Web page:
Monday, 8 February 2010
The Bible: A History and British Intolerance
Channel 4’s television series The Bible: A History is a brave if not entirely successful project to examine the good book’s contemporary relevance. This week, Anne Widdecombe, Tory harridan and Catholic convert, made the case for the Mosaic laws as the best framework for a decent society, hardly a controversial assertion. But Widdecombe’s arguments raised the hackles of a number of atheist guests including, surprise, surprise, Christopher Hitchens whose ill-tempered turns are rather tiring. More surprising was Stephen Fry’s response: the normally affable and erudite polymath proceeded to shout down the entirely reasonable if argumentative Widdecombe who looked rather stunned by the whole episode. Recent reports suggest that Britain has become a more tolerable country over the last decade or so. But I suspect we are neither more nor less tolerant than before. It is the targets of our intolerance that have changed.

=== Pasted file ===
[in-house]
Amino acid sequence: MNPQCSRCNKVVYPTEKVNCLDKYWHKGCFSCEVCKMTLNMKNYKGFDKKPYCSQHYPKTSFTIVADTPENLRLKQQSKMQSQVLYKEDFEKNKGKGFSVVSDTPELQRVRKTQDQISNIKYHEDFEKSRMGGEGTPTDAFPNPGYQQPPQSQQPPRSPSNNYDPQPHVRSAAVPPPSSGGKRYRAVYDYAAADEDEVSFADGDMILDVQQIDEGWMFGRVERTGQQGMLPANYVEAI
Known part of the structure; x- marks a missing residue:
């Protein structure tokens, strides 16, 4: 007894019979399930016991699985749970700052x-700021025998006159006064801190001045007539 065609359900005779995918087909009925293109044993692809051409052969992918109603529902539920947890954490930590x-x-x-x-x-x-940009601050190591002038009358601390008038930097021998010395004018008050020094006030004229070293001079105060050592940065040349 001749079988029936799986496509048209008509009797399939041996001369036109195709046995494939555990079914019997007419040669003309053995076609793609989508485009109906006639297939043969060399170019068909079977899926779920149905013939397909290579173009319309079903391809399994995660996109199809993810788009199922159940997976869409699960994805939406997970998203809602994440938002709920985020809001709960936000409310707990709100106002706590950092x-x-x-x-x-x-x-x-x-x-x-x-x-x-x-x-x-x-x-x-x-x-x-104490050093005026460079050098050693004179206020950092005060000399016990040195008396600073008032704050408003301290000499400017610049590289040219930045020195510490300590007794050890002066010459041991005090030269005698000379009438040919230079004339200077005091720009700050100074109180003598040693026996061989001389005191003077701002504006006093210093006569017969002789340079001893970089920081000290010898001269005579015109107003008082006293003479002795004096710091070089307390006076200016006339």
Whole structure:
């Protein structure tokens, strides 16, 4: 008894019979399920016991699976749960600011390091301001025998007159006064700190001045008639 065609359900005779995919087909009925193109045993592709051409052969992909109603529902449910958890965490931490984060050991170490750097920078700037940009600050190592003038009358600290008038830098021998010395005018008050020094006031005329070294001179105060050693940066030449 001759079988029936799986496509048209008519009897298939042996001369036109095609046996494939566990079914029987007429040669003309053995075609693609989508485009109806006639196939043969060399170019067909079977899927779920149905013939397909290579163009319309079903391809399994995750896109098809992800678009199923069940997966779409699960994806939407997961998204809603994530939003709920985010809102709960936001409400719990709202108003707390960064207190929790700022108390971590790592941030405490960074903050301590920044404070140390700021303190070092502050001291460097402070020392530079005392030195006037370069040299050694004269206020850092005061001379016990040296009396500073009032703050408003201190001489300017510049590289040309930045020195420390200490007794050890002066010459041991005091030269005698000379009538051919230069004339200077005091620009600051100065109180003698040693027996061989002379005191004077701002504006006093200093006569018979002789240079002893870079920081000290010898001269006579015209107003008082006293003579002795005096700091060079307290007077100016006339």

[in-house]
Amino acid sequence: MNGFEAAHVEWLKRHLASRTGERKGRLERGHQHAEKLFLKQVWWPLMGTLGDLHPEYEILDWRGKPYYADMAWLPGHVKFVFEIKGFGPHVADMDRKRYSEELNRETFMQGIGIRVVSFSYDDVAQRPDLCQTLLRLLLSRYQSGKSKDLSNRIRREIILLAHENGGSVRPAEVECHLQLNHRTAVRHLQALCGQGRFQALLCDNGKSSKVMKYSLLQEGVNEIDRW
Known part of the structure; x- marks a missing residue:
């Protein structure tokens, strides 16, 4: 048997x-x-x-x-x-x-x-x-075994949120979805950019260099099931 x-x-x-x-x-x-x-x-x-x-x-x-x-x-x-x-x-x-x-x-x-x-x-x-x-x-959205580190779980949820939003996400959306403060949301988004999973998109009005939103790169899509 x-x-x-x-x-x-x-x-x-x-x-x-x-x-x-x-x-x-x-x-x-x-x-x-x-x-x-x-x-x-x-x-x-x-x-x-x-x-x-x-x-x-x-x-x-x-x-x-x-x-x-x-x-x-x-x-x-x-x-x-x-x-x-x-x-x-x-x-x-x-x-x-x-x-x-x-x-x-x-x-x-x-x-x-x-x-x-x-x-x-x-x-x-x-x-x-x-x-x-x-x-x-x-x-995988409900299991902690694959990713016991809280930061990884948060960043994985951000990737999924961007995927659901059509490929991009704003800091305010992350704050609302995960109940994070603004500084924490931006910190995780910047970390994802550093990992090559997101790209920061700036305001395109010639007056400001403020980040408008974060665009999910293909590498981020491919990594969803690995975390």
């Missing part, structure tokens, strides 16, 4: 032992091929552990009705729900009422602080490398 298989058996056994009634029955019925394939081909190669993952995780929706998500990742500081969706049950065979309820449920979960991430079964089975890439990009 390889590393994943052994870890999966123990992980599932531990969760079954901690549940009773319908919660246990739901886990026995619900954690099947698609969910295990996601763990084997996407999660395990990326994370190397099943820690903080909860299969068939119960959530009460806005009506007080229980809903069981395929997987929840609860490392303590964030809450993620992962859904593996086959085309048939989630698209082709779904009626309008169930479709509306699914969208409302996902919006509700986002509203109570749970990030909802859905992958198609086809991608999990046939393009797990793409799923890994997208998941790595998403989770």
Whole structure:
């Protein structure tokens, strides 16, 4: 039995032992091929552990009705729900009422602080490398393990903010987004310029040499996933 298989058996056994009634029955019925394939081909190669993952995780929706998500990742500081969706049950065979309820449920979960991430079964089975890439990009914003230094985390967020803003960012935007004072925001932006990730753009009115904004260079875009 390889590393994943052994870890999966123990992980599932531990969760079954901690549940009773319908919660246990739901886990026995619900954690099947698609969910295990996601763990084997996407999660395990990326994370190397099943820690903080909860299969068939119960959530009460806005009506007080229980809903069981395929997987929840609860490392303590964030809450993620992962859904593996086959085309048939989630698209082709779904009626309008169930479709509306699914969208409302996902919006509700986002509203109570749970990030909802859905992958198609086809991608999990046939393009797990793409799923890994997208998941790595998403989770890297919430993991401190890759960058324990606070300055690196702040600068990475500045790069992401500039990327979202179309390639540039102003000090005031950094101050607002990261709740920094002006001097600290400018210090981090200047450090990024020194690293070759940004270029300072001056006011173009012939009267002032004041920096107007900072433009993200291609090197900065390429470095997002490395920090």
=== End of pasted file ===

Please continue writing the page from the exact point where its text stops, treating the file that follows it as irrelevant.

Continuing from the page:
Posted by History Today magazine at 04:13